Saturday, March 28, 2015

Respect Your Minions

I'm close to priming the BSP pump and start spraying news about my forthcoming Felix Gomez detective-vampire book, Rescue From Planet Pleasure. Early in that story I had a battle between the good vampires and the enemy bloodsuckers. My heroes were cutting down the bad guys by the dozens. Then during the writing of that manuscript I saw the James Bond thriller, Skyfall, and that made me reconsider the body count. Near the climax of the movie, a horde of bad guys close upon Bond and company trapped in the mansion. Our intrepid champions cut through the ranks of the evil doers who kept attacking and attacking like mindless zombies. Then it hit me.

Why are minions so willingly expendable? Why are the bad guy pawns so relentless in their attack despite being slaughtered? These guys are criminals, which means they have only two possible motives. Either they are cultish slaves or they're in the business of murder and mayhem for profit. Even if they are devoted slaves to the master criminal, wouldn't they--as they're being mowed down--ask the boss to reconsider their strategy? What's the point of them dying like vermin? And if they're in it for the money, I think that after one or two bite the dust, the rest would pull back and regroup. Money is only good if you can spend it, something that's hard to do from the grave.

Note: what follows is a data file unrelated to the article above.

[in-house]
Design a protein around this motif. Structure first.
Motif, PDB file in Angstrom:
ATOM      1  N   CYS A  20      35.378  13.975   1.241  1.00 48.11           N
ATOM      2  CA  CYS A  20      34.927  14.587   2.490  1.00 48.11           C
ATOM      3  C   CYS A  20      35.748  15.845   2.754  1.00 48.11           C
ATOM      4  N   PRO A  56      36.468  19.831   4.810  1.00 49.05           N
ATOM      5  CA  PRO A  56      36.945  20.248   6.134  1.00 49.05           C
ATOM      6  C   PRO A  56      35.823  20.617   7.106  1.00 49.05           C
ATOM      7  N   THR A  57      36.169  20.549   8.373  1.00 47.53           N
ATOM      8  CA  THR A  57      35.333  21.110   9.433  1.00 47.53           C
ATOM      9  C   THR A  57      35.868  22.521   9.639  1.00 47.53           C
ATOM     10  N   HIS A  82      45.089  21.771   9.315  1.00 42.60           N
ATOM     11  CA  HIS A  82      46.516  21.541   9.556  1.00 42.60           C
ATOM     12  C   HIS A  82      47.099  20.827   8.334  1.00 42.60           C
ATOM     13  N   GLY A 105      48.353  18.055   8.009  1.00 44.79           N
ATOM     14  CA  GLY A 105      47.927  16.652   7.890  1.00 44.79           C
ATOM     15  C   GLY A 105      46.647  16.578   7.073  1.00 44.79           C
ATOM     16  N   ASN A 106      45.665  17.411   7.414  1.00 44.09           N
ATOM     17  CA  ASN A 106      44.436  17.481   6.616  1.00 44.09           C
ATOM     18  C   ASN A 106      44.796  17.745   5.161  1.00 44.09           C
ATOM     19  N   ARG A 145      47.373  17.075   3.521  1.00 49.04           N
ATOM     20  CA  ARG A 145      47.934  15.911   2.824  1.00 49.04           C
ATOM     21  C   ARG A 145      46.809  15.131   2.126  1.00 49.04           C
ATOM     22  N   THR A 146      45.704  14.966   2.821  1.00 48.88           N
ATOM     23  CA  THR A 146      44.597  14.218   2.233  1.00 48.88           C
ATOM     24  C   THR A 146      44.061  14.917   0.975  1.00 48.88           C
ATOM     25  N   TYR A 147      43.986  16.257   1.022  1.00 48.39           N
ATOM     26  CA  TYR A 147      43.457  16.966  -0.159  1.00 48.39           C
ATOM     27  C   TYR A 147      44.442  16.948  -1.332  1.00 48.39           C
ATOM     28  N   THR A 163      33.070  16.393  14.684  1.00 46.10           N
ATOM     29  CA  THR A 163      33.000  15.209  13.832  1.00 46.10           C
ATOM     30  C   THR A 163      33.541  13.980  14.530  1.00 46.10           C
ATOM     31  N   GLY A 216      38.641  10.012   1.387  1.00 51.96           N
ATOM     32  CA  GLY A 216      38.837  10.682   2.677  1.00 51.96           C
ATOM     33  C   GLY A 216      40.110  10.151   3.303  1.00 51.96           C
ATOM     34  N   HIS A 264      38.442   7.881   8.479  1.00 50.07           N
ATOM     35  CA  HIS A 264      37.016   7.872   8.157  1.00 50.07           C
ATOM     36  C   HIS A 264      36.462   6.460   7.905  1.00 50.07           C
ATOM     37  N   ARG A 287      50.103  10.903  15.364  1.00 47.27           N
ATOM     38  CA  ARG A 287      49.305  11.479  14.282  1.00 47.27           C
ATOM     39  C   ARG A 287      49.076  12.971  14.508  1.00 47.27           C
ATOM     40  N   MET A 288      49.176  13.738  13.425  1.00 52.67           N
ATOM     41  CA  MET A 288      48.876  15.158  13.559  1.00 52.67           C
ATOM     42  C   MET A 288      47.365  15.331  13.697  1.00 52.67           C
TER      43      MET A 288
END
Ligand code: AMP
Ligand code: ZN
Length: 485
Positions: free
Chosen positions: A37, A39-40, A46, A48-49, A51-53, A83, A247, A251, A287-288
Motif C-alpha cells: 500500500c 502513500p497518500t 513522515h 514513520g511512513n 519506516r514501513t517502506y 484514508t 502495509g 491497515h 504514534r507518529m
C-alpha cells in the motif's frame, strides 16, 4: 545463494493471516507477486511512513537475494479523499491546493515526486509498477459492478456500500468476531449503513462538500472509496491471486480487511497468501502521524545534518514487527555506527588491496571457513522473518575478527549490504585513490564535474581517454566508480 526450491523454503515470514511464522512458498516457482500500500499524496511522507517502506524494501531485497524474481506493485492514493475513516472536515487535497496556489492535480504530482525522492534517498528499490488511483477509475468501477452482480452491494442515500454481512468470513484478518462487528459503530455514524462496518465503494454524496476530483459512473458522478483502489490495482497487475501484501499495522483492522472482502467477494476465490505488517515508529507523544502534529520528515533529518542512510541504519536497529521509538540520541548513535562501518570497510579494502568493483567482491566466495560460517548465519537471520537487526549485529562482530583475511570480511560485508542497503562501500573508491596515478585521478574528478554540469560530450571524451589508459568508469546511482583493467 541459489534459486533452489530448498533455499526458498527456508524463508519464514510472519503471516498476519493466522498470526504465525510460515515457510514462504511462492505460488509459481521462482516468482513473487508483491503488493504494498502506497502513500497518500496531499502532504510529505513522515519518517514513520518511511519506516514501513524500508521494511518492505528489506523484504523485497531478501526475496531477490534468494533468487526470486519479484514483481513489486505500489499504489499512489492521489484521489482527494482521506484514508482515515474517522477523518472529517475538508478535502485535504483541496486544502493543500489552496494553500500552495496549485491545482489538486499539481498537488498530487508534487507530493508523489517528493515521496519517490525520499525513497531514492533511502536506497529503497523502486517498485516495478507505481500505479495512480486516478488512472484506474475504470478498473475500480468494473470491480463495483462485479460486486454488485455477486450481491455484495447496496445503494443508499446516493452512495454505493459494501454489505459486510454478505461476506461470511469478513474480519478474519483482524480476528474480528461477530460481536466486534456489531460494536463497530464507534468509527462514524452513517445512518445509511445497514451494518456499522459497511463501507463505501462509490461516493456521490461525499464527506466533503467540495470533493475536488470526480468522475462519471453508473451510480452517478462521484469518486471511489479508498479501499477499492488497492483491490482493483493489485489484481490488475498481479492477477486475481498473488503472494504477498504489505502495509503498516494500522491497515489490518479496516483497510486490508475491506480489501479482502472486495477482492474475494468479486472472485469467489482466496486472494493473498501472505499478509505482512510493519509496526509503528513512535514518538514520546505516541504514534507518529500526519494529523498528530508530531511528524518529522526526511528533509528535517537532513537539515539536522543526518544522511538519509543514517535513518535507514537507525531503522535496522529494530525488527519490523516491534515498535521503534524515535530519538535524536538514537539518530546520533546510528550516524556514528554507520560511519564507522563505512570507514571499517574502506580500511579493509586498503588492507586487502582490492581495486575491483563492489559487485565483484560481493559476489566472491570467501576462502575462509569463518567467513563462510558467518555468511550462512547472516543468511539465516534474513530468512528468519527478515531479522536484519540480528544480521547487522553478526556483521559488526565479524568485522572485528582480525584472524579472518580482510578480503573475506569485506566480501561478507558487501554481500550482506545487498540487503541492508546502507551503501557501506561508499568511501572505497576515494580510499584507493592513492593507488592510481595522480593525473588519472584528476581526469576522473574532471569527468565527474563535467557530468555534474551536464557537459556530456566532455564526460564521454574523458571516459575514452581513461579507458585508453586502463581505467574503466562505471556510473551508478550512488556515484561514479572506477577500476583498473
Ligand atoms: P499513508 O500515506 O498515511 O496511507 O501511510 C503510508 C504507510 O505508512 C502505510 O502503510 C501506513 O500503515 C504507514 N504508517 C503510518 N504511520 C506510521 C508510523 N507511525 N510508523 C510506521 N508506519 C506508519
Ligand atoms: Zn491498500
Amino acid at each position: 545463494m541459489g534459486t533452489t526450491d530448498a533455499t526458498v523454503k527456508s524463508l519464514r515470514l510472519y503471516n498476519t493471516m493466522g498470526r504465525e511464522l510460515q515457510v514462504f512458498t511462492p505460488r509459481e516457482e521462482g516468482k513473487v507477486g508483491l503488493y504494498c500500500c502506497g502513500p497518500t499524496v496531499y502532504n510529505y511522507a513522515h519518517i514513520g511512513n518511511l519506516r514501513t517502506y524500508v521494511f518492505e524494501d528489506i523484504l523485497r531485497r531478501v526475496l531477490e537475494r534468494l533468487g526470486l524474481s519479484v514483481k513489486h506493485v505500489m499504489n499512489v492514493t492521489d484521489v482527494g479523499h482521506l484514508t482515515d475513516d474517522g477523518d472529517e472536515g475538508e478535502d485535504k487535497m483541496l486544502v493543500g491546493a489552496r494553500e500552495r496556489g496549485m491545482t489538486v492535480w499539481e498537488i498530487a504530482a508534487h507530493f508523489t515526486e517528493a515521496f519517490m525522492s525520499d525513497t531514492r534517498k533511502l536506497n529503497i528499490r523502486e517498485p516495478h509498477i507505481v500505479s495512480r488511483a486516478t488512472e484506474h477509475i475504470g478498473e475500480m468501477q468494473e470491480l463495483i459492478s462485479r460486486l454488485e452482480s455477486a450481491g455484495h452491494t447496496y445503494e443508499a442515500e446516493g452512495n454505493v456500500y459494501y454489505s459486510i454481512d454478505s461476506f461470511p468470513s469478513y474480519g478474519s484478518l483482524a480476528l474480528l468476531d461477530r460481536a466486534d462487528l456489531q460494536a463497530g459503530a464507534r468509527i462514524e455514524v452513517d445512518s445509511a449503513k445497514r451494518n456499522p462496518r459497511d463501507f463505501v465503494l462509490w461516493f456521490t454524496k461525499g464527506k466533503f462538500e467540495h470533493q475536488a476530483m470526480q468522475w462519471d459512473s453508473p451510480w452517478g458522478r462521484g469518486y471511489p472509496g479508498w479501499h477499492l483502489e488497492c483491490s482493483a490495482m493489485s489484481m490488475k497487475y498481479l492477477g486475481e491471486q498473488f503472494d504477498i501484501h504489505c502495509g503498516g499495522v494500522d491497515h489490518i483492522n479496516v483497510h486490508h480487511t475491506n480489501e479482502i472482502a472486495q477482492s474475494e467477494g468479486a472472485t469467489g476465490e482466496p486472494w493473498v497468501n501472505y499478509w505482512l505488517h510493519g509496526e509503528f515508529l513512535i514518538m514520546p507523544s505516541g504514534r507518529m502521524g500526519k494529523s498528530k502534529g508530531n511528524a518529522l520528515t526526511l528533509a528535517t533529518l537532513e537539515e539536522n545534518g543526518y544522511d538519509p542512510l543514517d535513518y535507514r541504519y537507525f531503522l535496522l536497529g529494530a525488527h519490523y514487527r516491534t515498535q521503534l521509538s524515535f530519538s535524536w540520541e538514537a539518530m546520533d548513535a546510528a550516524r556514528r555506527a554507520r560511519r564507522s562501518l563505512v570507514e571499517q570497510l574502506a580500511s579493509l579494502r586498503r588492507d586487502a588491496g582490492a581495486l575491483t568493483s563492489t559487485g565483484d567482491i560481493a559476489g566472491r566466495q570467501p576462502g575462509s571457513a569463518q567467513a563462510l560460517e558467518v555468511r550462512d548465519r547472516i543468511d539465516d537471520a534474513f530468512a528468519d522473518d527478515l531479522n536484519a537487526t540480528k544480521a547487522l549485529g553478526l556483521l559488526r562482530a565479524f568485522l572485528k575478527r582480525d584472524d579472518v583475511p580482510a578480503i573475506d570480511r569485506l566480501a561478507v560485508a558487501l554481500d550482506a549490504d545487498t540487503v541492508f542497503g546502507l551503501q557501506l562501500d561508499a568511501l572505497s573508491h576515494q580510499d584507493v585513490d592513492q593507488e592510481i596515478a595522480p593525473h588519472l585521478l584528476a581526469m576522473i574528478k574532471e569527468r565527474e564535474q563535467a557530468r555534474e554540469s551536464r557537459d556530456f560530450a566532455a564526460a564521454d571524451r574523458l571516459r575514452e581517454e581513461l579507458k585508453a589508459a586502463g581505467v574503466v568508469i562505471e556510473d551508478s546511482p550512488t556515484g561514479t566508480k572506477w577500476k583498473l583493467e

In Skyfall the bad guys arrive in a gigantic helicopter, worth tens of millions of dollars. Flying that machine ain't easy, so it would have to be piloted by an experienced and rather level-headed crew, and despite their competency, the copter is easily destroyed. At what point would the crew hit "minion-override" and decide to quit acting stupid? A band of murderous criminals is like a pack of wolves, and like wolves, once the alpha threatens the pack, then they turn on him.

That realization made me reconsider the slaughter of the minions in my story, and I cut back on the body count. I even had some of the minions rebel against the villain because of their useless loss. As we writers like to say, everyone is the hero of their own story, so it would make sense for the minions to act in their own self-interest. Which actually makes for a more layered and deeper story. Lesson learned.

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